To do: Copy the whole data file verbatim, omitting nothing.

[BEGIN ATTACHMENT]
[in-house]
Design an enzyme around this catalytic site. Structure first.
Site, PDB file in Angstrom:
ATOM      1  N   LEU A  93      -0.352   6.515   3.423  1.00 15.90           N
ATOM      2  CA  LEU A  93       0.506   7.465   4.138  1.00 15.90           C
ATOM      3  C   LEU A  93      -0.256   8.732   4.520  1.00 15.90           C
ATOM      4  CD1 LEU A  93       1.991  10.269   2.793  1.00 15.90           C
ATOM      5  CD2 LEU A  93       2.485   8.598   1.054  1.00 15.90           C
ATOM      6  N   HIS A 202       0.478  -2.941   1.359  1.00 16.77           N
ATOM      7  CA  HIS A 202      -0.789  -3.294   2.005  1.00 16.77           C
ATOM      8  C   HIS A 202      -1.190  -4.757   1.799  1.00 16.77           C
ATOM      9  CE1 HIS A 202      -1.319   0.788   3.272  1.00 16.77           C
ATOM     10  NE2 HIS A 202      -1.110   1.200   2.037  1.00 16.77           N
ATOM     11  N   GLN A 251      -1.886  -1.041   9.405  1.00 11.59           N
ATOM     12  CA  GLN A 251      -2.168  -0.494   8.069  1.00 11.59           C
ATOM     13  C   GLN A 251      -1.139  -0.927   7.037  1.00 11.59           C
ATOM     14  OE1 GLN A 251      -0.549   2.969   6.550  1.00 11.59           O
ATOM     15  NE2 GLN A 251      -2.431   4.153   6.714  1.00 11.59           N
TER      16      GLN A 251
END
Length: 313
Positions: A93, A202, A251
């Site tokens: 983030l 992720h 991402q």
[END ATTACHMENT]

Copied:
[in-house]
Design an enzyme around this catalytic site. Structure first.
Site, PDB file in Angstrom:
ATOM      1  N   LEU A  93      -0.352   6.515   3.423  1.00 15.90           N
ATOM      2  CA  LEU A  93       0.506   7.465   4.138  1.00 15.90           C
ATOM      3  C   LEU A  93      -0.256   8.732   4.520  1.00 15.90           C
ATOM      4  CD1 LEU A  93       1.991  10.269   2.793  1.00 15.90           C
ATOM      5  CD2 LEU A  93       2.485   8.598   1.054  1.00 15.90           C
ATOM      6  N   HIS A 202       0.478  -2.941   1.359  1.00 16.77           N
ATOM      7  CA  HIS A 202      -0.789  -3.294   2.005  1.00 16.77           C
ATOM      8  C   HIS A 202      -1.190  -4.757   1.799  1.00 16.77           C
ATOM      9  CE1 HIS A 202      -1.319   0.788   3.272  1.00 16.77           C
ATOM     10  NE2 HIS A 202      -1.110   1.200   2.037  1.00 16.77           N
ATOM     11  N   GLN A 251      -1.886  -1.041   9.405  1.00 11.59           N
ATOM     12  CA  GLN A 251      -2.168  -0.494   8.069  1.00 11.59           C
ATOM     13  C   GLN A 251      -1.139  -0.927   7.037  1.00 11.59           C
ATOM     14  OE1 GLN A 251      -0.549   2.969   6.550  1.00 11.59           O
ATOM     15  NE2 GLN A 251      -2.431   4.153   6.714  1.00 11.59           N
TER      16      GLN A 251
END
Length: 313
Positions: A93, A202, A251
């Site tokens: 983030l 992720h 991402q």